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Experts vs. discounters: Consumer free-riding and experts withholding advice in markets for credence goods

  • Dulleck, Uwe
  • Kerschbamer, Rudolf

This paper studies the incentives for credence goods experts to invest effort in diagnosis if effort is both costly and unobservable, and if they face competition by discounters who are not able to perform a diagnosis. The unobservability of diagnosis effort and the credence characteristic of the good induce experts to choose incentive compatible tariff structures. This makes them vulnerable to competition by discounters. We explore the conditions under which honestly diagnosing experts survive competition by discounters; we identify situations in which experts misdiagnose consumers in order to prevent them from free-riding on experts' advice; and we discuss policy options to solve the free-riding consumers-cheating experts problem.

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Article provided by Elsevier in its journal International Journal of Industrial Organization.

Volume (Year): 27 (2009)
Issue (Month): 1 (January)
Pages: 15-23

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Handle: RePEc:eee:indorg:v:27:y:2009:i:1:p:15-23
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  1. Wolfgang Pesendorfer & Asher Wolinsky, 1998. "Second Opinions and Price Competition Inefficiency in the Market for Expert Advice," Discussion Papers 1229, Northwestern University, Center for Mathematical Studies in Economics and Management Science.
  2. Liu, Ting, 2006. "Credence Goods Markets with Conscientious and Selfish Experts," MPRA Paper 1106, University Library of Munich, Germany.
  3. Howard P. Marvel & Stephen McCafferty, 1984. "Resale Price Maintenance and Quality Certification," RAND Journal of Economics, The RAND Corporation, vol. 15(3), pages 346-359, Autumn.
  4. Darby, Michael R & Karni, Edi, 1973. "Free Competition and the Optimal Amount of Fraud," Journal of Law and Economics, University of Chicago Press, vol. 16(1), pages 67-88, April.
  5. Dulleck, Uwe & Kerschbamer, Rudolf, 2005. "Experts vs Discounters: Competition and Market Unravelling When Consumers Do Not Know What they Need," CEPR Discussion Papers 5242, C.E.P.R. Discussion Papers.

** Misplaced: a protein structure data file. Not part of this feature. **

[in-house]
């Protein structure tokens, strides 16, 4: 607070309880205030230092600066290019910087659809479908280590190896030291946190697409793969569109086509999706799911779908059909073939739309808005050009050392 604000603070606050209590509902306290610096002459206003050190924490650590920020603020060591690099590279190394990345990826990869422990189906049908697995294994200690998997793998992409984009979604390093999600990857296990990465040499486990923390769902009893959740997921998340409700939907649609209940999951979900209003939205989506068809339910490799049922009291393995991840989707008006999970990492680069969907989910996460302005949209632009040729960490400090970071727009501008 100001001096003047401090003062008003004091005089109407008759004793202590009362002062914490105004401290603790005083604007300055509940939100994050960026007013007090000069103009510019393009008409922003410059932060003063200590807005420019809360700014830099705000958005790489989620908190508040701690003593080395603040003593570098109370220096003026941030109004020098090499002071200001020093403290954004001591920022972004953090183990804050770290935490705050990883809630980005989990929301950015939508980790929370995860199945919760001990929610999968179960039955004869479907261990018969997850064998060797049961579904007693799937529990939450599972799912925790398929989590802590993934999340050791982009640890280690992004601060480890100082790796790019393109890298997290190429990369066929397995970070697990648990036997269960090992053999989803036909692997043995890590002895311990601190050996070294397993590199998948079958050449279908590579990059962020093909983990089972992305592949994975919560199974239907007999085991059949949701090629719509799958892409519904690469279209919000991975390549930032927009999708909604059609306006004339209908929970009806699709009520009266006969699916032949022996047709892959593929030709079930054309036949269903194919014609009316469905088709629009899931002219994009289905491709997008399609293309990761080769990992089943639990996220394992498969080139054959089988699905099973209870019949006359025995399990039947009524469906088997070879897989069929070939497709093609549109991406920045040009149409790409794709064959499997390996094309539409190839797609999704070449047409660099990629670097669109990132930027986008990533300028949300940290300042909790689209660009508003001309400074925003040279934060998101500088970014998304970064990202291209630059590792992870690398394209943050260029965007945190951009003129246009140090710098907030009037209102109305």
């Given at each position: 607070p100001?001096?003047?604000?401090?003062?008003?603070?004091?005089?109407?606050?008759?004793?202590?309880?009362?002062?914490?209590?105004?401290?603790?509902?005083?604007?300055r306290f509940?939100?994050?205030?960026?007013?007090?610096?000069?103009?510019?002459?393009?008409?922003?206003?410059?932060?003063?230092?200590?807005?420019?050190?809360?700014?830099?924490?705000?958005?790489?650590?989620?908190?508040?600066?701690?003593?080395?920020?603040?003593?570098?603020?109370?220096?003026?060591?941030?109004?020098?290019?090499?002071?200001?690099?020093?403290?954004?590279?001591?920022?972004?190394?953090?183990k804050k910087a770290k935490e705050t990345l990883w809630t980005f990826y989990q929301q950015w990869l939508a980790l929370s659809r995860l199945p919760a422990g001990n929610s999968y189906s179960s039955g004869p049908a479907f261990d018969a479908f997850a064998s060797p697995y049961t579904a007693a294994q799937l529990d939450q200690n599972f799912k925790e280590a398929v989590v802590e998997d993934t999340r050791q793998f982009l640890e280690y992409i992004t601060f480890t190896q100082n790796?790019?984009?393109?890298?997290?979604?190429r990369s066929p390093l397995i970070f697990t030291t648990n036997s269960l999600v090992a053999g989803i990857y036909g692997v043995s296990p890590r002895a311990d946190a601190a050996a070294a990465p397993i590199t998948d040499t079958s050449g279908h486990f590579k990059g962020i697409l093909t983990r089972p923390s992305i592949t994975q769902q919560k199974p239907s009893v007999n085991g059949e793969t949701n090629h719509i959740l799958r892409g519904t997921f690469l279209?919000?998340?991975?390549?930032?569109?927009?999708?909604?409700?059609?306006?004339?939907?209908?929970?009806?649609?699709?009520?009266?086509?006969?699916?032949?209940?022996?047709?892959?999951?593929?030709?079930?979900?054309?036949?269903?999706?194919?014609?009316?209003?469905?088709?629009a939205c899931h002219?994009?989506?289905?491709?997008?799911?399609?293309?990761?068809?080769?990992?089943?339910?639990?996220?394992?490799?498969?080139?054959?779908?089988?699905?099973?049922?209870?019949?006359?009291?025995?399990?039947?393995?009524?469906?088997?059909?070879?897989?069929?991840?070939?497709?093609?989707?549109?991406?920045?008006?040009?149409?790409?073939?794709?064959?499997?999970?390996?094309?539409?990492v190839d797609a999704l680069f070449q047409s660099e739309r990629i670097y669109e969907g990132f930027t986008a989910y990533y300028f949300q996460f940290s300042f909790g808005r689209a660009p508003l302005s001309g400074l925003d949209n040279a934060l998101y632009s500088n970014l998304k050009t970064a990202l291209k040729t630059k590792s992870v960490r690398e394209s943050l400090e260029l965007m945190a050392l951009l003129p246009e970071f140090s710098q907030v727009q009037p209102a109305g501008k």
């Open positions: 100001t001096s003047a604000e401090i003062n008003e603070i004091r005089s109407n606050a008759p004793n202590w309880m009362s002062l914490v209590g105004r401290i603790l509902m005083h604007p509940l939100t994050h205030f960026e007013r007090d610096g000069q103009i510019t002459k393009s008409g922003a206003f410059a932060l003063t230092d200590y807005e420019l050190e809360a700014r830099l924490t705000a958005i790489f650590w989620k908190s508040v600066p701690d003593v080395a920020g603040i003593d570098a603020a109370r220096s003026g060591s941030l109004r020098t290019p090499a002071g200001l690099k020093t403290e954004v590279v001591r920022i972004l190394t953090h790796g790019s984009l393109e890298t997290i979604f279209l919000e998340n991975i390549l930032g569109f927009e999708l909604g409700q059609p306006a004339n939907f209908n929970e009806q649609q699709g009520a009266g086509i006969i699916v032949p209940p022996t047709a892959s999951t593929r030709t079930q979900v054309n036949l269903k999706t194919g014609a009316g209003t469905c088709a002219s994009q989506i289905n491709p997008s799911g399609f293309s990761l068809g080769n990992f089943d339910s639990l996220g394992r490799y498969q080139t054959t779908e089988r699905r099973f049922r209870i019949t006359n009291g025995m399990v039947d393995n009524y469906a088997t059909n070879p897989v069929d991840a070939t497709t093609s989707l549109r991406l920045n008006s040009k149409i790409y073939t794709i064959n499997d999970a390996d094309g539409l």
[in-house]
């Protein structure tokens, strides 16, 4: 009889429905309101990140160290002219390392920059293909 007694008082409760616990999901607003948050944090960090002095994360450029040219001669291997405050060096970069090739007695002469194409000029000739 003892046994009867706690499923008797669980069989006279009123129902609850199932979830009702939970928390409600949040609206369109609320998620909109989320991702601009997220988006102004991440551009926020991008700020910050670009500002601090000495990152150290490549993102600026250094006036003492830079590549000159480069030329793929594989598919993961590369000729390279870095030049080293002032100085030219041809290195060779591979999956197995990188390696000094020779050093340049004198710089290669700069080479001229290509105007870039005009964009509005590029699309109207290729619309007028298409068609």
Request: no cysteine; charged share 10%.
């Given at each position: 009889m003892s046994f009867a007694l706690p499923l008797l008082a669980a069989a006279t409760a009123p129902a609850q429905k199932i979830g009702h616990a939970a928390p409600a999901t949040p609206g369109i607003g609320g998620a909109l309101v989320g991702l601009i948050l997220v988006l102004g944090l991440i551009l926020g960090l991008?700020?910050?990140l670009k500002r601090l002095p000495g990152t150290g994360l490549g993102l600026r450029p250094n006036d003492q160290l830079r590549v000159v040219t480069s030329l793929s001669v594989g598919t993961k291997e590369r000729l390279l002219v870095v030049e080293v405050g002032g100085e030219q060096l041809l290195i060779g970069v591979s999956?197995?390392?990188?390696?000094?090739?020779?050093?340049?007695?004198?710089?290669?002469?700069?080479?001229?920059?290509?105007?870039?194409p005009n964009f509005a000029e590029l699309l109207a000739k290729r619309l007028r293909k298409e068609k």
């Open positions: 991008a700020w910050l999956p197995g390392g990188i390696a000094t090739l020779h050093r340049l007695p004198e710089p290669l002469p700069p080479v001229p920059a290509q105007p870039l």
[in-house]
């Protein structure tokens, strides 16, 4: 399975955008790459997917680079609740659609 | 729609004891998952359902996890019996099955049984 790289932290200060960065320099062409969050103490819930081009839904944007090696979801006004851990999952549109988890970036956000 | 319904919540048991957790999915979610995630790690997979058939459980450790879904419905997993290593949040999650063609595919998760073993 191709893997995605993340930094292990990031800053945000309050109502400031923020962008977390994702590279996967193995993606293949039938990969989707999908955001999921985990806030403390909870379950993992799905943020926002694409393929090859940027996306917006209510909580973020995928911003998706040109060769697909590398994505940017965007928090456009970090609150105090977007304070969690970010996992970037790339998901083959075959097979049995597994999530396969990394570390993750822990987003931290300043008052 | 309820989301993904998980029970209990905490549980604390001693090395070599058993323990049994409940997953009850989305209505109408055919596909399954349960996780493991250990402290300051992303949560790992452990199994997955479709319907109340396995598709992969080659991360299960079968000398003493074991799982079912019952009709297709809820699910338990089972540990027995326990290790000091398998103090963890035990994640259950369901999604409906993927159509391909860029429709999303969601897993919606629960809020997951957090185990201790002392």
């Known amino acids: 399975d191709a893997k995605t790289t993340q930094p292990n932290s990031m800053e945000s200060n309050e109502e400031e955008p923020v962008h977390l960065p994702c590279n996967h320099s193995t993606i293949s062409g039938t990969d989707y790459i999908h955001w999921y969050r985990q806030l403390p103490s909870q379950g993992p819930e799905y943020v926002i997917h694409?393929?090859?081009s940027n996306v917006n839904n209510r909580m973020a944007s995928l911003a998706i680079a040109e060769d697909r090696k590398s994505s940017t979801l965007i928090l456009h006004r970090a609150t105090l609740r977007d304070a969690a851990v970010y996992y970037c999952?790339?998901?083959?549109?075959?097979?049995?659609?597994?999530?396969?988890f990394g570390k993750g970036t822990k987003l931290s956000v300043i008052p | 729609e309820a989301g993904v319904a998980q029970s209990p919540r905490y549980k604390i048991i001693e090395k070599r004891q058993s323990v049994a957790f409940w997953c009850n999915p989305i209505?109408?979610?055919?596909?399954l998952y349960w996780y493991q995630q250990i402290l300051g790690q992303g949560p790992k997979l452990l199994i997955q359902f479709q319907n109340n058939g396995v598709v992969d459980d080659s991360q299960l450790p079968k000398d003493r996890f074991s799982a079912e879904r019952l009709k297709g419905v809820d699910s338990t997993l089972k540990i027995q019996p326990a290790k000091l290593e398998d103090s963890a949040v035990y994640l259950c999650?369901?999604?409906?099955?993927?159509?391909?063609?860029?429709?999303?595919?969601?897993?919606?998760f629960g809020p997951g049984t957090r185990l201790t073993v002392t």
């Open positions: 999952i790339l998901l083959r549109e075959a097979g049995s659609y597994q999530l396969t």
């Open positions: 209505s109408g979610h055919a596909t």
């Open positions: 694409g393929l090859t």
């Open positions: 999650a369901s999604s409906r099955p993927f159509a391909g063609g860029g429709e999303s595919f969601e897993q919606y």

6. Bouckaert, J.M.C. & Degryse, H.A., 1998. "Price competition between an expert and a non-expert," Discussion Paper 1998-49, Tilburg University, Center for Economic Research.
  7. Perry, Martin K & Besanko, David, 1991. "Resale Price Maintenance and Manufacturer Competition for Exclusive Dealerships," Journal of Industrial Economics, Wiley Blackwell, vol. 39(5), pages 517-44, September.
  8. Asher Wolinsky, 1991. "Competition in a Market for Informed Experts' Services," Discussion Papers 959, Northwestern University, Center for Mathematical Studies in Economics and Management Science.
  9. Klein, Benjamin & Murphy, Kevin M, 1988. "Vertical Restraints as Contract Enforcement Mechanisms," Journal of Law and Economics, University of Chicago Press, vol. 31(2), pages 265-97, October.
  10. Emons, Winand, 1998. "Product Differentiation and Price Competition Between a Safe and a Risky Seller," CEPR Discussion Papers 2041, C.E.P.R. Discussion Papers.
  11. Winand Emons, 1997. "Credence Goods and Fraudelent Experts," RAND Journal of Economics, The RAND Corporation, vol. 28(1), pages 107-119, Spring.
  12. Kala Krishna & Tor Winston, 2003. "If at First You Don't Succeed: Profits, Prices, and Market Structure in a Model of Quality with Unknowable Consumer Heterogeneity," International Economic Review, Department of Economics, University of Pennsylvania and Osaka University Institute of Social and Economic Research Association, vol. 44(2), pages 573-597, 05.
  13. Yuk-fai Fong, 2005. "When Do Experts Cheat and Whom Do They Target?," RAND Journal of Economics, The RAND Corporation, vol. 36(1), pages 113-130, Spring.
  14. Kai Sülzle & Achim Wambach, 2002. "Insurance in a Market for Credence Goods," CESifo Working Paper Series 677, CESifo Group Munich.
  15. Taylor, Curtis R, 1995. "The Economics of Breakdowns, Checkups, and Cures," Journal of Political Economy, University of Chicago Press, vol. 103(1), pages 53-74, February.
  16. Emons, Winand, 2001. "Credence goods monopolists," International Journal of Industrial Organization, Elsevier, vol. 19(3-4), pages 375-389, March.
  17. Ingela Alger & Francois Salanie, 2001. "A Theory of Fraud and Over-Consumption in Experts Markets," Boston College Working Papers in Economics 495, Boston College Department of Economics, revised 09 Nov 2004.
  18. Uwe Dulleck, 2000. "Where Are The Problems with Credence Goods?," Econometric Society World Congress 2000 Contributed Papers 1441, Econometric Society.
  19. Pitchik, Carolyn & Schotter, Andrew, 1987. "Honesty in a Model of Strategic Information Transmission," American Economic Review, American Economic Association, vol. 77(5), pages 1032-36, December.
  20. repec:oup:qjecon:v:103:y:1988:i:3:p:555-70 is not listed on IDEAS
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